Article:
c. Certificate of registration (certificat d’empadronament) from the council indicating that the owner lives in the property.

Other Points

  • The tourist rental license will allow rentals for days or weeks for a maximum period of one month. In the cases of homes marketed under the Principal Residence Mode (ETV60) the owner’s coexistence with the clients is allowed. You cannot formalize contracts for rooms or match users who have entered into different contracts. Unless this is the Principal Residence (ETV60) and the owner is in the house when guests stay.
  • Tourist services must be offered. This means regular cleaning, bedding and towels, a supply of general household items, upkeep of the house, service during working hours.
  • All regulatory requirements related to business activity, including labour legislation if you have hired staff, and taxes have to be met.
  • You must send details of staying guests to the Guardia Civil or Policía Nacional.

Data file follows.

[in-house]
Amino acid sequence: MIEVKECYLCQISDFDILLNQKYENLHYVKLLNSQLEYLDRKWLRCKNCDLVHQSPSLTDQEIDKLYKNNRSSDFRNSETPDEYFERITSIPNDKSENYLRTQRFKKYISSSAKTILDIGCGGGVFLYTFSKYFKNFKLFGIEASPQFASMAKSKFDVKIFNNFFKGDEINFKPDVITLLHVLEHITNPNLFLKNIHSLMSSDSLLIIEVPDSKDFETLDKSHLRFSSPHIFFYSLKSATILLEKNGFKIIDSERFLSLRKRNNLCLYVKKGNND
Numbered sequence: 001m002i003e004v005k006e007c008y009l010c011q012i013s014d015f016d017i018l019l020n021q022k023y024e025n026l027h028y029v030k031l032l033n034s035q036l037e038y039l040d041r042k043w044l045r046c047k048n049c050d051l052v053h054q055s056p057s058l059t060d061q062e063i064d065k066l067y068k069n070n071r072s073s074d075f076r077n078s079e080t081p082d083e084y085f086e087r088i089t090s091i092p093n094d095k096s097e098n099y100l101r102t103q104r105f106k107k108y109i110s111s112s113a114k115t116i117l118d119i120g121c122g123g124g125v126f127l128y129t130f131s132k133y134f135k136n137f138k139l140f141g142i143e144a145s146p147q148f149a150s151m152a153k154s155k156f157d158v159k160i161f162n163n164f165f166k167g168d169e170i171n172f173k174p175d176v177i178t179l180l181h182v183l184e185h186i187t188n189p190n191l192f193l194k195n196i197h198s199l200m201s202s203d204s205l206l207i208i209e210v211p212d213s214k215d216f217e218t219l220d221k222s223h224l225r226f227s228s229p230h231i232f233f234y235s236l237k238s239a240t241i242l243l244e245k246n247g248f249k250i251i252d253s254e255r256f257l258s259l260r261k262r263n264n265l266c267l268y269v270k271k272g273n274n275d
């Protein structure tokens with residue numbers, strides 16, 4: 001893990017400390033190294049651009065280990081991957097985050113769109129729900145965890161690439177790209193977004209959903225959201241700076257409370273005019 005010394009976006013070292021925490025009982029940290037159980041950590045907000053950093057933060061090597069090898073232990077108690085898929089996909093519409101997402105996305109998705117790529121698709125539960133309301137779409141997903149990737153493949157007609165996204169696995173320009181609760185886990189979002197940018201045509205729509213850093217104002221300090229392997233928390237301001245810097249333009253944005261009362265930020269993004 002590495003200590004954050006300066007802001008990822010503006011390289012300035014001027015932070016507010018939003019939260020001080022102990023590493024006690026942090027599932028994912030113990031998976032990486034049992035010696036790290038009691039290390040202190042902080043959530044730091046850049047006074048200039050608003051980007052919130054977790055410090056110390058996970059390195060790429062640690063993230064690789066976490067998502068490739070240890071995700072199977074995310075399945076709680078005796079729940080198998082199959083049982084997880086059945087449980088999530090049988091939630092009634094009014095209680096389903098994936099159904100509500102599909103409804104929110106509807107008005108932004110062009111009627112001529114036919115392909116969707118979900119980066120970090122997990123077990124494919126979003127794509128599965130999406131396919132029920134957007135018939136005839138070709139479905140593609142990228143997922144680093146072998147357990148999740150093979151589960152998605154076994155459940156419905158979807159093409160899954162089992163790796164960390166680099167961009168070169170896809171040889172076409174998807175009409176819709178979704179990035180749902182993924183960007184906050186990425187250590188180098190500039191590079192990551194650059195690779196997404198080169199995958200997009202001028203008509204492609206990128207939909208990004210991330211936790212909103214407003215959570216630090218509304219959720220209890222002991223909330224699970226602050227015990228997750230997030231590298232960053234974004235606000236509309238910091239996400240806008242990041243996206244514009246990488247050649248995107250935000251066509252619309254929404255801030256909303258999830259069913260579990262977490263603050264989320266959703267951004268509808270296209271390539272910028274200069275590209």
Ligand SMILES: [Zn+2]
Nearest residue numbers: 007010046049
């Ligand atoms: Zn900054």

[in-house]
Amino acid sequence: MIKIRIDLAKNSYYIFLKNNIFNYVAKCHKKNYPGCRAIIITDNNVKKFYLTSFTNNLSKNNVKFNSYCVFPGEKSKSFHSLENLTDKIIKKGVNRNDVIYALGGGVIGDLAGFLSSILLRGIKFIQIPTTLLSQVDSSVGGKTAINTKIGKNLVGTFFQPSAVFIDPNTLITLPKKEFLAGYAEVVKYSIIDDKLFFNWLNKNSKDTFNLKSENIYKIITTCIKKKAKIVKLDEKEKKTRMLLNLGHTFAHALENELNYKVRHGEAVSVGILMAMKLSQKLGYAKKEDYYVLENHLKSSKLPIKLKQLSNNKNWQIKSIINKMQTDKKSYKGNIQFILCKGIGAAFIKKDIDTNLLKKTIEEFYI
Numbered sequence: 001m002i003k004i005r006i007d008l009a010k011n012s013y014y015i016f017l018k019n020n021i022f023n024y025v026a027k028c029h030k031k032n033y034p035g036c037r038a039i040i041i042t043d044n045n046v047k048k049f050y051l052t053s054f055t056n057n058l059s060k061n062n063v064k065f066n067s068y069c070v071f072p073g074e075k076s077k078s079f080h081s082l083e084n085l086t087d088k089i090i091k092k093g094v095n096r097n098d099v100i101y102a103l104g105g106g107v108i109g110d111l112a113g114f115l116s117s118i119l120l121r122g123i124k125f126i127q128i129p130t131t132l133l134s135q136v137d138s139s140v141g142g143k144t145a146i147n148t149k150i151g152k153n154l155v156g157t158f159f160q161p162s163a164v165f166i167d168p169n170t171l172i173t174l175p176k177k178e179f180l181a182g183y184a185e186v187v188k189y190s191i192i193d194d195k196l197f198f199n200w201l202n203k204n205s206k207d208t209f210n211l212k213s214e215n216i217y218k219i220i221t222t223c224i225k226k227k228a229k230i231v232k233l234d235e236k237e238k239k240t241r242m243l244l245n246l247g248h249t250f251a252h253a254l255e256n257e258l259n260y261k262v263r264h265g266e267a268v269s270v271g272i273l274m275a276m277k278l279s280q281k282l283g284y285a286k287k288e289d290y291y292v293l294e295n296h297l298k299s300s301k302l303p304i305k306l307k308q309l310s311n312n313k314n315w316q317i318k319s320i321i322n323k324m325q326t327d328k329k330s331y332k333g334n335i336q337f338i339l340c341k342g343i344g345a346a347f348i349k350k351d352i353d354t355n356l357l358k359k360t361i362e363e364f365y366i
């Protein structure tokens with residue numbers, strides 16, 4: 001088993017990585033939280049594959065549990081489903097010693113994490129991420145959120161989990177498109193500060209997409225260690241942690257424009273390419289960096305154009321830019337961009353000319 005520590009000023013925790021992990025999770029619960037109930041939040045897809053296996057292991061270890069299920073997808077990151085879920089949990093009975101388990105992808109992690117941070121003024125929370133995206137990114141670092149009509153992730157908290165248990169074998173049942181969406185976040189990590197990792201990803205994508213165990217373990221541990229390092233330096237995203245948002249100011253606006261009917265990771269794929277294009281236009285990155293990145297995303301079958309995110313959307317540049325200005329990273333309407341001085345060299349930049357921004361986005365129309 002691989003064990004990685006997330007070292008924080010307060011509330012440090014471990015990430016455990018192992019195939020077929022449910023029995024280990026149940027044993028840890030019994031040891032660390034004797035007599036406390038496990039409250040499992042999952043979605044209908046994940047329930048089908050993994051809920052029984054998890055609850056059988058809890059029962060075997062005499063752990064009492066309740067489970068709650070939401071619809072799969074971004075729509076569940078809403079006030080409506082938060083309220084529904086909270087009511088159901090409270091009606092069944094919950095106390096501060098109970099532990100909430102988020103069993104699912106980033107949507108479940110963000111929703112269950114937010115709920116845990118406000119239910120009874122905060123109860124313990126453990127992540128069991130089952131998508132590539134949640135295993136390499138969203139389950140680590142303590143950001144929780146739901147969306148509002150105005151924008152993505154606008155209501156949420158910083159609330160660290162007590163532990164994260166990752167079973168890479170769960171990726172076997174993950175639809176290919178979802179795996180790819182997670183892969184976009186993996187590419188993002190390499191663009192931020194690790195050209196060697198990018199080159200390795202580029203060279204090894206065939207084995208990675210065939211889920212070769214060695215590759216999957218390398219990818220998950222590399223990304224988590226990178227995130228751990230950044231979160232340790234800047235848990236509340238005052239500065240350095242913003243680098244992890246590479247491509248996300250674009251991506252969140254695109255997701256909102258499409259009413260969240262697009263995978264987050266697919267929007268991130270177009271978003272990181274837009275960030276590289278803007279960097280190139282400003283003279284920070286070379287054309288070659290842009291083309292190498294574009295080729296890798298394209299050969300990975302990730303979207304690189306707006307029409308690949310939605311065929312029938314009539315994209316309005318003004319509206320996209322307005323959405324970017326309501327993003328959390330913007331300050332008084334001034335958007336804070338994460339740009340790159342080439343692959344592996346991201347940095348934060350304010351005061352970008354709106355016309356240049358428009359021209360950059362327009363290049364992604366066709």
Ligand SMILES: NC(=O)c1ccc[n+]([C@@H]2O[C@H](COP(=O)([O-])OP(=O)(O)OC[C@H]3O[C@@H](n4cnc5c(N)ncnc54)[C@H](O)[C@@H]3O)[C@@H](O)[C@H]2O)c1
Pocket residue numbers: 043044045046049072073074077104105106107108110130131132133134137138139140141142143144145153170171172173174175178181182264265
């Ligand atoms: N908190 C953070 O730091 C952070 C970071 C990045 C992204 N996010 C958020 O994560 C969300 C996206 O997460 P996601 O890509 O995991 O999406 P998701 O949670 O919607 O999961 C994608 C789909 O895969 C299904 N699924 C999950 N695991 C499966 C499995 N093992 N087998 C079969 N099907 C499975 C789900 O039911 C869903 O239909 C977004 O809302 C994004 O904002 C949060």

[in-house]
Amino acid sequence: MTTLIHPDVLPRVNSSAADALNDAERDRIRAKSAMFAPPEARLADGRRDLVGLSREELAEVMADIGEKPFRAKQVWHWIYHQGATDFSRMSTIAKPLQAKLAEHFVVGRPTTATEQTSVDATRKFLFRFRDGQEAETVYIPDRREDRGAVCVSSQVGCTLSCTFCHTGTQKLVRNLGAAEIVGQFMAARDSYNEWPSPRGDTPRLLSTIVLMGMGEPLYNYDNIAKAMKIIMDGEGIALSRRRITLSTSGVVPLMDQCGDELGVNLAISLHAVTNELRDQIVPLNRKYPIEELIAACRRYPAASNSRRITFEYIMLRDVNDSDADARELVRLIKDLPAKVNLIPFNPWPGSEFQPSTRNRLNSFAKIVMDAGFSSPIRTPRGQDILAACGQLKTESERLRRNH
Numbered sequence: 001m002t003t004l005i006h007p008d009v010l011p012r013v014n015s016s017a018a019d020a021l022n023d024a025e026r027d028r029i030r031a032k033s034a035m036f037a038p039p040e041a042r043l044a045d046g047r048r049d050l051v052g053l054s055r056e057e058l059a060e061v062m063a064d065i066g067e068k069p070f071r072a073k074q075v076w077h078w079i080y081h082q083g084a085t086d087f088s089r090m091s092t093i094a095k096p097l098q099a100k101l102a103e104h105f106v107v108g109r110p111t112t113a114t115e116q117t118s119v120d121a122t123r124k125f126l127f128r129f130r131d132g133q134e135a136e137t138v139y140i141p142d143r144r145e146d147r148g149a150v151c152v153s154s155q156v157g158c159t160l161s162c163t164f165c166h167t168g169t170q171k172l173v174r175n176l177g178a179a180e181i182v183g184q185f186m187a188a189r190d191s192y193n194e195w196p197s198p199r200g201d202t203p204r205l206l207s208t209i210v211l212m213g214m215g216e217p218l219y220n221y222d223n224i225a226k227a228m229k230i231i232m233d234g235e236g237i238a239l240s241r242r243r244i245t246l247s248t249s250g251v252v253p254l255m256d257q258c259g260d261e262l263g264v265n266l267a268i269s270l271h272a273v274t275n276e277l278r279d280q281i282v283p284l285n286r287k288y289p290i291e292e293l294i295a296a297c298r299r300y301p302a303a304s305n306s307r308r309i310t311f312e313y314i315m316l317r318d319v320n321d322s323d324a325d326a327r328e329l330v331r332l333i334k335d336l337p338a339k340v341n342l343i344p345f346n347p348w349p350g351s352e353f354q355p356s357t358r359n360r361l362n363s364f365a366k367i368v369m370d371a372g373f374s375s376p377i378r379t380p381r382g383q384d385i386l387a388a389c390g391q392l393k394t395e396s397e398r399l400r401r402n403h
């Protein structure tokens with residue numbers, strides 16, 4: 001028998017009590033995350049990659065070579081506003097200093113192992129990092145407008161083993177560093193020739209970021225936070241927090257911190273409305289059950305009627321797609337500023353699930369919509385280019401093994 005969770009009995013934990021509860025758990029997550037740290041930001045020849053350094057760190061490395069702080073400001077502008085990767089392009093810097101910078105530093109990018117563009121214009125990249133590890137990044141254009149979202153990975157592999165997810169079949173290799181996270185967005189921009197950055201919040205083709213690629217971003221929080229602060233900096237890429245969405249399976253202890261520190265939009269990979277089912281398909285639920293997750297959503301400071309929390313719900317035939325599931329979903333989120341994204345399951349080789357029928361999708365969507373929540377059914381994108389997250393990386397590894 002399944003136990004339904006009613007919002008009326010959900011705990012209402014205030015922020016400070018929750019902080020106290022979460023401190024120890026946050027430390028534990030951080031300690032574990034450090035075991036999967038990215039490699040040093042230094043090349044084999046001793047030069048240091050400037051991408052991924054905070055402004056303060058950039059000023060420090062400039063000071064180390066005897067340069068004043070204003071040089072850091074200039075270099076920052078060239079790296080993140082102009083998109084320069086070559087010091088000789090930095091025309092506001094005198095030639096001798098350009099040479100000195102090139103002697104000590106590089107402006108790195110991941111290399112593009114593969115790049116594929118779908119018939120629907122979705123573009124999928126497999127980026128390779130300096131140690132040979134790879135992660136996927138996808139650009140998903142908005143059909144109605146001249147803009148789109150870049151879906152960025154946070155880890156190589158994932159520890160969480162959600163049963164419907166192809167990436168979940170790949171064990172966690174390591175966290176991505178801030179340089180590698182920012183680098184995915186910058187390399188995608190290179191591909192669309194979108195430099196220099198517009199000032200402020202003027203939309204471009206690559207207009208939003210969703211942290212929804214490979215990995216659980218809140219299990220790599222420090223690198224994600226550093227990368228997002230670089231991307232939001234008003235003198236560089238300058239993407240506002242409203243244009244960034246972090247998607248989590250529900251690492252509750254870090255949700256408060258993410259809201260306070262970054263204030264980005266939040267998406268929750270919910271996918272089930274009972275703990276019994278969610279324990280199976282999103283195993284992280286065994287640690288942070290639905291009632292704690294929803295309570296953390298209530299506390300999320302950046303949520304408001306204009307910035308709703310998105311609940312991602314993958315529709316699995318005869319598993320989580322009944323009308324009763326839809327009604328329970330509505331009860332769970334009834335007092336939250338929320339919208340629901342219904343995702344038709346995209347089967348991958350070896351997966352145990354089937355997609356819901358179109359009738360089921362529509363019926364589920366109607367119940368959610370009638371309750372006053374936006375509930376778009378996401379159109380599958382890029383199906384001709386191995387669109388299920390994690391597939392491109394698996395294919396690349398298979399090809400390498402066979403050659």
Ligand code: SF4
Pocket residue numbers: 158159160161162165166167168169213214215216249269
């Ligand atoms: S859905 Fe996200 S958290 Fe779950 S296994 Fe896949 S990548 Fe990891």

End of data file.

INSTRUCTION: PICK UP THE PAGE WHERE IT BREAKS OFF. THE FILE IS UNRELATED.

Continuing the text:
• Guests need to abide by the rules of the community and owners/representatives are responsible in clearly setting these out and obtaining the guests’ signed acknowledgement.
  • The license number of the property must be permanently published in all rental marketing. It must also be provided to the client at the beginning of the stay.
  • You must have an insurance policy in place that covers third-party liability for holiday rentals.
  • The houses located in the areas of fire risk prevention (check this with the local council) have to take the measures referred to in point 19 of Article 50 of Law 8/2012
  • Tourist Rentals in apartment blocks or homes subject to horizontal property laws, or in Principal Residence homes, is for a maximum of five years. The license can be renewed at the same cost.
  • If a building community decides to stop allowing holiday rentals, registered apartments will have to cease their activity within a year.